Another Philadelphia School District employee who was put on paid leave during a district inquiry into leaks about a $7.5 million no-bid contract for security cameras has signaled he intends to file a slander and libel suit against district officials.
Augustine Pescatore, a commander in the district's Office of School Safety, filed preliminary documents in Common Pleas Court this week indicating he plans to sue the School Reform Commission; former Superintendent Arlene C. Ackerman; Estelle G. Matthews, the former top administrator in human resources; and other district officials.
With the filing, Pescatore becomes the third district administrator who was placed on administrative leave a year ago to begin legal proceedings against the district.
Pescatore, a former city police officer who joined the School District several years ago, was among six administrators suspended with pay Dec. 13, 2010, while the district investigated leaks about the no-bid contract awarded to IBS Communications Inc., a small minority-owned firm then based in Mount Airy. The contract was for surveillance cameras and consoles at 19 schools on the state's list of persistently dangerous schools.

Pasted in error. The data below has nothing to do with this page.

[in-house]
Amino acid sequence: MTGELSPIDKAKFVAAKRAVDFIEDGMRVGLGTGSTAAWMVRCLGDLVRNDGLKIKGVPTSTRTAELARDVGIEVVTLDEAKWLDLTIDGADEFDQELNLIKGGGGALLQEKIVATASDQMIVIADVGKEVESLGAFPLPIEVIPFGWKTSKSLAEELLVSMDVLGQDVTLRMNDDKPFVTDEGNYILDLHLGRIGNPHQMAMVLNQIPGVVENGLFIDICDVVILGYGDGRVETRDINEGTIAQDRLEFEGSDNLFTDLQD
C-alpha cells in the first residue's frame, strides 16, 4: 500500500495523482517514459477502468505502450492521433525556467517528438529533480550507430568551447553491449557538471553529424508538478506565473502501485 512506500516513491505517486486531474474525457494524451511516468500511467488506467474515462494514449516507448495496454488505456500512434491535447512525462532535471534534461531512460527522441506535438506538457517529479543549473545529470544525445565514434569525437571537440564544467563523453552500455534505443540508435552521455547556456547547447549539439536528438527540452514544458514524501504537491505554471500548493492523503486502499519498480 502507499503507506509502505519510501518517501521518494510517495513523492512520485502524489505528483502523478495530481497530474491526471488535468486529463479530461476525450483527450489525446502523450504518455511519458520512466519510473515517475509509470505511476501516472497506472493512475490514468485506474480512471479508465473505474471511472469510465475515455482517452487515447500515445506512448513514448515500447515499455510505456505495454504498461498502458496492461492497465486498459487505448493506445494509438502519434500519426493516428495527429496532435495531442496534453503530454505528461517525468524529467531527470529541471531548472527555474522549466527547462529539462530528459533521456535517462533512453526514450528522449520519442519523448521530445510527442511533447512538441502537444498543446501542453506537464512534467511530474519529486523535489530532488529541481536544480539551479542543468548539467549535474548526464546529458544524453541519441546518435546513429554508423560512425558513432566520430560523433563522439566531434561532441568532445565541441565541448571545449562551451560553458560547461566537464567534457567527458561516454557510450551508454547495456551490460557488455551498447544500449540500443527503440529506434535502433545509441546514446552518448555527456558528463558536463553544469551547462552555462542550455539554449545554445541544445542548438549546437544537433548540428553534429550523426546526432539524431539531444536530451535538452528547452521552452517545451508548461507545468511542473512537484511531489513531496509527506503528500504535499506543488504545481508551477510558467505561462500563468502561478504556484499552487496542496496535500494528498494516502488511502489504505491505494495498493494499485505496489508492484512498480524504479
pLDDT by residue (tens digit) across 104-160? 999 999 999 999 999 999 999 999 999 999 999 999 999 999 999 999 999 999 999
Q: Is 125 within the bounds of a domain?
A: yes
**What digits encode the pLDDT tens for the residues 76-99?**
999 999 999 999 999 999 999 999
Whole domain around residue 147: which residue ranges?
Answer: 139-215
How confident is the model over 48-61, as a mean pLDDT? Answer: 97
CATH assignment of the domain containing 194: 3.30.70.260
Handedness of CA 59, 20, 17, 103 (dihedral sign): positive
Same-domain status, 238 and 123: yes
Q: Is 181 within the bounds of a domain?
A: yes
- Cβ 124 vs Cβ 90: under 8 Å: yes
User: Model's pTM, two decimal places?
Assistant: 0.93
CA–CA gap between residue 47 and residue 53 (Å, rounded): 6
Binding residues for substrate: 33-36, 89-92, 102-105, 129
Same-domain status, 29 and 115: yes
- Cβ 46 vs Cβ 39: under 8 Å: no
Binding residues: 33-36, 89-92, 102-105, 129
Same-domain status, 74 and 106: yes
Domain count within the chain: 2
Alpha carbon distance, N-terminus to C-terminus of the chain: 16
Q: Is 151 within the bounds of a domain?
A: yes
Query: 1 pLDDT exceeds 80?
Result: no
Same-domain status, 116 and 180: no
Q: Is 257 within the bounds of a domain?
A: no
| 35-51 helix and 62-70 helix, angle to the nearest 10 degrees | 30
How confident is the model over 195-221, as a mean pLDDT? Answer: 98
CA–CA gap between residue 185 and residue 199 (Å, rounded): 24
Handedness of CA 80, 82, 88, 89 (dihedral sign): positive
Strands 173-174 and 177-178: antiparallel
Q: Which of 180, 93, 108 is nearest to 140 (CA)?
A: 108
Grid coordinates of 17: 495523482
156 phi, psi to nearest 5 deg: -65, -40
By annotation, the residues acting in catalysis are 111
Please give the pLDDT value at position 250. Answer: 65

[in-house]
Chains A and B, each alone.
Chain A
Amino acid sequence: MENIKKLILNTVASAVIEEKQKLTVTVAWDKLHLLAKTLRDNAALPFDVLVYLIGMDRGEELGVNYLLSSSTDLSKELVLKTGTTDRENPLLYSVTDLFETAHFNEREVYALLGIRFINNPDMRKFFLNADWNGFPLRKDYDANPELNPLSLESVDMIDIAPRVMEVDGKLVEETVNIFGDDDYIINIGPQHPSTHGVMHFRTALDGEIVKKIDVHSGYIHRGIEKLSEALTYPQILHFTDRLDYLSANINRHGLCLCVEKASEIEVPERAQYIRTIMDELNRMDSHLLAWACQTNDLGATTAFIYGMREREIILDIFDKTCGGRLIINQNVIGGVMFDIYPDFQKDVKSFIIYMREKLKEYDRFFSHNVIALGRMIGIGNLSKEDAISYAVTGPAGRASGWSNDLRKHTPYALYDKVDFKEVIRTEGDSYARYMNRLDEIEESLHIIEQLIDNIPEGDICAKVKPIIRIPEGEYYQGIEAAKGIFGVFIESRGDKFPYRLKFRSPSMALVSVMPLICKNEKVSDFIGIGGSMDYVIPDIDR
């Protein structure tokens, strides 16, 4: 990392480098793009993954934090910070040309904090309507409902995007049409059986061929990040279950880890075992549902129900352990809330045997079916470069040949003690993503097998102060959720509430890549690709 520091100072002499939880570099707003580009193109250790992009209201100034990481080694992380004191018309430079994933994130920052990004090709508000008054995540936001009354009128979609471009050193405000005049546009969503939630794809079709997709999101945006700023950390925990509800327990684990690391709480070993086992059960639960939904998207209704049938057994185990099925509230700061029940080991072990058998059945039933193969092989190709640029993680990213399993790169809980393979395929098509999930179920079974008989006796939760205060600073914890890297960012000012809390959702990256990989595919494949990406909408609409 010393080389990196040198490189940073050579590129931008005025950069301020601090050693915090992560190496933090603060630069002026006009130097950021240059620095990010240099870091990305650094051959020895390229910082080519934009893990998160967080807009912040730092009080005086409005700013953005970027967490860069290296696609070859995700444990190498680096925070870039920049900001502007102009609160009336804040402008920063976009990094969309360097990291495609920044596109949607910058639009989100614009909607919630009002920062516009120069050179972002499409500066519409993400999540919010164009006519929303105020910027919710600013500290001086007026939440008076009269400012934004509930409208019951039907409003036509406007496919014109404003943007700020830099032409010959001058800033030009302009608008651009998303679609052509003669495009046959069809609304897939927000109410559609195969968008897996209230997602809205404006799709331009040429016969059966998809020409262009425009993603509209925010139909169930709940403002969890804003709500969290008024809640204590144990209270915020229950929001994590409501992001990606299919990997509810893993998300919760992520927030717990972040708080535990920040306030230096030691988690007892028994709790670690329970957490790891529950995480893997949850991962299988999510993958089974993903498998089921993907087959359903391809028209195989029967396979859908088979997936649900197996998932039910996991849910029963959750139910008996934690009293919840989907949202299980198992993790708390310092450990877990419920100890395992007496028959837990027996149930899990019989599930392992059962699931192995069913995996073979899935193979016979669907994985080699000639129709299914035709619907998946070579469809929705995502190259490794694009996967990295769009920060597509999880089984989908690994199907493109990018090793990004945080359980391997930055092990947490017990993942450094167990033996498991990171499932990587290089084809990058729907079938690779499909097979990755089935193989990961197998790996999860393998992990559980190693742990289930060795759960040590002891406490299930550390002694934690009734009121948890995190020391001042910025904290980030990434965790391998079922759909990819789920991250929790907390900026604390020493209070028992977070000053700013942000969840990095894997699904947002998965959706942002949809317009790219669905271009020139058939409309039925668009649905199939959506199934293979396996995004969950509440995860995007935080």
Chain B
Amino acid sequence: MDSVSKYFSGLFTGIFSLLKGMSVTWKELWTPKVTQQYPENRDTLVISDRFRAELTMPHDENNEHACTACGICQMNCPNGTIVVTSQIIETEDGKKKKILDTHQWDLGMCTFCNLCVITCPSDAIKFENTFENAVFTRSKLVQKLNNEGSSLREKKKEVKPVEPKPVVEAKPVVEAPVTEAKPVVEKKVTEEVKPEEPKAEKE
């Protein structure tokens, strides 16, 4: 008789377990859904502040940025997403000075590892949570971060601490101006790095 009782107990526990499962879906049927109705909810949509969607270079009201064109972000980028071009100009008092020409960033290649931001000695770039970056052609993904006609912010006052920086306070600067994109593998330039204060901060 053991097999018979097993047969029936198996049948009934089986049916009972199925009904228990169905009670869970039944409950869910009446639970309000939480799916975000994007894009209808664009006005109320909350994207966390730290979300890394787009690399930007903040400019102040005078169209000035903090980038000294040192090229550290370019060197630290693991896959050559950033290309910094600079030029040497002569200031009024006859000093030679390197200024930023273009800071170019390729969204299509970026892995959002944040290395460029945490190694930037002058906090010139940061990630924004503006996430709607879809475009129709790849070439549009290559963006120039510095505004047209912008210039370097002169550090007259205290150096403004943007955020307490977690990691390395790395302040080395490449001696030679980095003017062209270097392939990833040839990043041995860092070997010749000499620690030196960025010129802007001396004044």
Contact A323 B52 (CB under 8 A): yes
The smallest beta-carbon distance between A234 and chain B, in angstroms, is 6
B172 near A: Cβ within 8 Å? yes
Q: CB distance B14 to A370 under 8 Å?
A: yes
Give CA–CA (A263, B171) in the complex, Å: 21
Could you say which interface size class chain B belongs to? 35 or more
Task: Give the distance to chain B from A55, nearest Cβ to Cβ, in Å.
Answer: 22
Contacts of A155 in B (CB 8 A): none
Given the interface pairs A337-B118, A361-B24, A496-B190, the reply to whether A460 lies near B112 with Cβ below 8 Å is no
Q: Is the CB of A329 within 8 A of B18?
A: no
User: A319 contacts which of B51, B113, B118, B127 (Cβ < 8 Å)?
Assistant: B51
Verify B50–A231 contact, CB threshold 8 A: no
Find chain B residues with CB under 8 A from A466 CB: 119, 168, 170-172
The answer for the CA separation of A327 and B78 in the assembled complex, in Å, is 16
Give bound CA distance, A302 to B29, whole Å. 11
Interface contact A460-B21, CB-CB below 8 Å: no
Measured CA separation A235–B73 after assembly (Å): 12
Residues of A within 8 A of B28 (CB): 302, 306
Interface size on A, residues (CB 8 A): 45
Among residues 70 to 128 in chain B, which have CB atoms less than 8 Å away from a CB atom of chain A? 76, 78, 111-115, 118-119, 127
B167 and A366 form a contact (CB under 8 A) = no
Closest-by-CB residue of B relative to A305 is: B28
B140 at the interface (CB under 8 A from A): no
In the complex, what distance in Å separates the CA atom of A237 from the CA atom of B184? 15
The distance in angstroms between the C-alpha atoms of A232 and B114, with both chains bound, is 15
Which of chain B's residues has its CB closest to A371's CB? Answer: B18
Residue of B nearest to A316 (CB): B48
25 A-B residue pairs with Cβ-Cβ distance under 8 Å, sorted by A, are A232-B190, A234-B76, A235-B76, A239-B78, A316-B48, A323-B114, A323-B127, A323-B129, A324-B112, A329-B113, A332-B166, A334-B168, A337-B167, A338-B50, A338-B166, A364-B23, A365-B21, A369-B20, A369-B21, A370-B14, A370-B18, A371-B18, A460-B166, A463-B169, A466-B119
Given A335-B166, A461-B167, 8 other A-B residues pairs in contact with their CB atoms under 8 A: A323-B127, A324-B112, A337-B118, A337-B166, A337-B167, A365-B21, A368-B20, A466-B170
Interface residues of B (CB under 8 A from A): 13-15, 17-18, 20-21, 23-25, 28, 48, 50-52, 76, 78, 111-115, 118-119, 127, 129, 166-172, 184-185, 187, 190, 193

IBS received the work after Ackerman, according to district sources, abruptly directed her staff to have IBS replace a firm that had begun preliminary work on the project.
Pescatore and three other district administrators were permitted to return to work in January. He is still employed by the district, schools officials said.
His attorney, Kenneth L. Chotiner, said he does not comment on pending litigation. District spokesman Fernando Gallard also declined comment.
The other legal actions were brought by the two administrators whom Matthews moved to fire.
John L. Byars, former chief procurement officer, has challenged the district's efforts to oust him. He filed court papers last month signaling he intends to bring a slander and libel suit against the district, the SRC, Ackerman, Matthews, and others.
Francis X. Dougherty, former deputy chief business officer, whom the SRC fired in April, filed preliminary documents in June indicating he intends to sue for wrongful termination under the state's whistle-blower protection law.